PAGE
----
GLASER: Isn’t it that there’s no gestation, that there’s just an
idea?
JUDD: I do think about it, I’ll change it if I can. I just want it
to exist as a whole thing. And that’s not especially unusual.
Painting’s been going toward that for a long time. A lot of
people, like Oldenburg for instance, have a “whole” effect to
their work.
STELLA: But we’re all still left with structural or compositional
elements. The problems aren’t any different. I still
have to compose a picture, and if you make an object you
have to organize the structure. I don’t think our work is that
radical in any sense because you don’t find any really new
compositional or structural element. I don’t know if that exists.
It’s like the idea of a color you haven’t seen before.
Does something exist that’s as radical as a diagonal that’s
not a diagonal? Or a straight line or a compositional element
that you can’t describe?
GLASER: So even your efforts, Don, to get away from European
art and its traditional compositional effects, is somewhat
limited because you’re still going to be using the same
basic elements that they used.
JUDD: No, I don’t think so. I’m totally uninterested in European
art and I think it’s over with. It’s not so much the elements we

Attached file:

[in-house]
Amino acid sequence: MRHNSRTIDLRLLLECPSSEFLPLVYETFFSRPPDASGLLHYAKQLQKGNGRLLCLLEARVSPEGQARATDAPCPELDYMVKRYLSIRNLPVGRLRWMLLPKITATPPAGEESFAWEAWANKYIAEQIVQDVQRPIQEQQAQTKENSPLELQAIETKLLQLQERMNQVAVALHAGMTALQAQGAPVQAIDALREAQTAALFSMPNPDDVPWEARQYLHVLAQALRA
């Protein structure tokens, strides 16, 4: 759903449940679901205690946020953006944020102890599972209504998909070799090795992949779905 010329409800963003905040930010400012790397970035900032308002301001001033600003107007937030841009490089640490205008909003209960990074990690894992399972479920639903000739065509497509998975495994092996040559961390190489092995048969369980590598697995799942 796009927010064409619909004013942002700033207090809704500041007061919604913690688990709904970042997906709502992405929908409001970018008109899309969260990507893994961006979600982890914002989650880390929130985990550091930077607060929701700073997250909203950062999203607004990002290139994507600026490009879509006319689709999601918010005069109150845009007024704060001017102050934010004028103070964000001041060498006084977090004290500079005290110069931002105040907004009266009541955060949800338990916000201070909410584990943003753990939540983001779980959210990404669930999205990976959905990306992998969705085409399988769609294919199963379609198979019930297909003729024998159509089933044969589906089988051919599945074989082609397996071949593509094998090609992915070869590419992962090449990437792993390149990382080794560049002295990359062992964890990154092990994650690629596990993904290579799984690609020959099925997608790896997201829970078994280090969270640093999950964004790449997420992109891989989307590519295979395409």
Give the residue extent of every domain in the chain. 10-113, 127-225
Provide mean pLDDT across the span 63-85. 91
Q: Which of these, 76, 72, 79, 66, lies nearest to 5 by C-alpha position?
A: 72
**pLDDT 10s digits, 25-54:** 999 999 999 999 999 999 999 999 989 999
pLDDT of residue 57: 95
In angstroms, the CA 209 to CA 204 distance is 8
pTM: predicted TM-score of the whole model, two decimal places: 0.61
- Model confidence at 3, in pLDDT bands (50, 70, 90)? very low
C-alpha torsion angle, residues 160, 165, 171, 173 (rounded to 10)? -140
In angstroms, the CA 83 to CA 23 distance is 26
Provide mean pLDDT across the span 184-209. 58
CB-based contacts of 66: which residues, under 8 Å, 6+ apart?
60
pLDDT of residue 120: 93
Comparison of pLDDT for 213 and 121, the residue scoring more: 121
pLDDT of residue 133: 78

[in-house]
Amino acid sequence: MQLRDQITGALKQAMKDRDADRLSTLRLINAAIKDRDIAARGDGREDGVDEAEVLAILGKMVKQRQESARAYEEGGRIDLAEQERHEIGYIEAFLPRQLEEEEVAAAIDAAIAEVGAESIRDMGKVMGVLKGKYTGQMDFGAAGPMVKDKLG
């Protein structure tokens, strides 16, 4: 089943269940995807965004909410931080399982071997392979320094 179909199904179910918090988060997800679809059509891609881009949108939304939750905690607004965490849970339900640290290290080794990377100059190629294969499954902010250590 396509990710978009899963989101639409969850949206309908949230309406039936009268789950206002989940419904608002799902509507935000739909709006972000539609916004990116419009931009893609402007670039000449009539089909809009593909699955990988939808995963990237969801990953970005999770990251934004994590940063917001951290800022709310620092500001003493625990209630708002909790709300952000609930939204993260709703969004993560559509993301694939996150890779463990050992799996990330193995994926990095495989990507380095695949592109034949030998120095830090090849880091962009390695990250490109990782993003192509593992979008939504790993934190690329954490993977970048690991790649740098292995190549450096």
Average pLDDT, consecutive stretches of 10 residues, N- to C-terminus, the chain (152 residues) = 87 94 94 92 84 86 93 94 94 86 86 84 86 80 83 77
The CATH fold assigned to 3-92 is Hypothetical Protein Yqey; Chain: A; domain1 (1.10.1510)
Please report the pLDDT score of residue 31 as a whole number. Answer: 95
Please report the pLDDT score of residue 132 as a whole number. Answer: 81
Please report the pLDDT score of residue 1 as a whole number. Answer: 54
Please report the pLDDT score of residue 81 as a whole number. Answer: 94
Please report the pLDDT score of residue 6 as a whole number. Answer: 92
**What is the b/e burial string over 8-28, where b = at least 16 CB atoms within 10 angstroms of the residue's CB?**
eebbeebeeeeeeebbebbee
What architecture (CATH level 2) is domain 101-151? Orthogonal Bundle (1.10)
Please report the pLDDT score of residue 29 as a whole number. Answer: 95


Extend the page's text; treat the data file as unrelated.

use that are new as their context. For example,
they might have used a diagonal, but no one there ever used
as direct a diagonal as Morris Louis did.
STELLA: Look at all the Kandinskys, even the mechanical
ones. They’re sort of awful, but they have some pretty radical
diagonals and stuff. Of course, they’re always balanced.
JUDD: When you make a diagonal clear across the whole
surface, it’s a very different thing.
STELLA: But none the less, the idea of the diagonal has been
around for a long time.
JUDD: That’s true; there’s always going to be something in
one’s work that’s been around for a long time, but the fact
that compositional arrangement isn’t important is rather new.
Composition is obviously very important to Vasarely, but all
I’m interested in is having a work interesting to me as a
whole. I don’t think there’s any way you can juggle a composition
that would make it more interesting in terms of the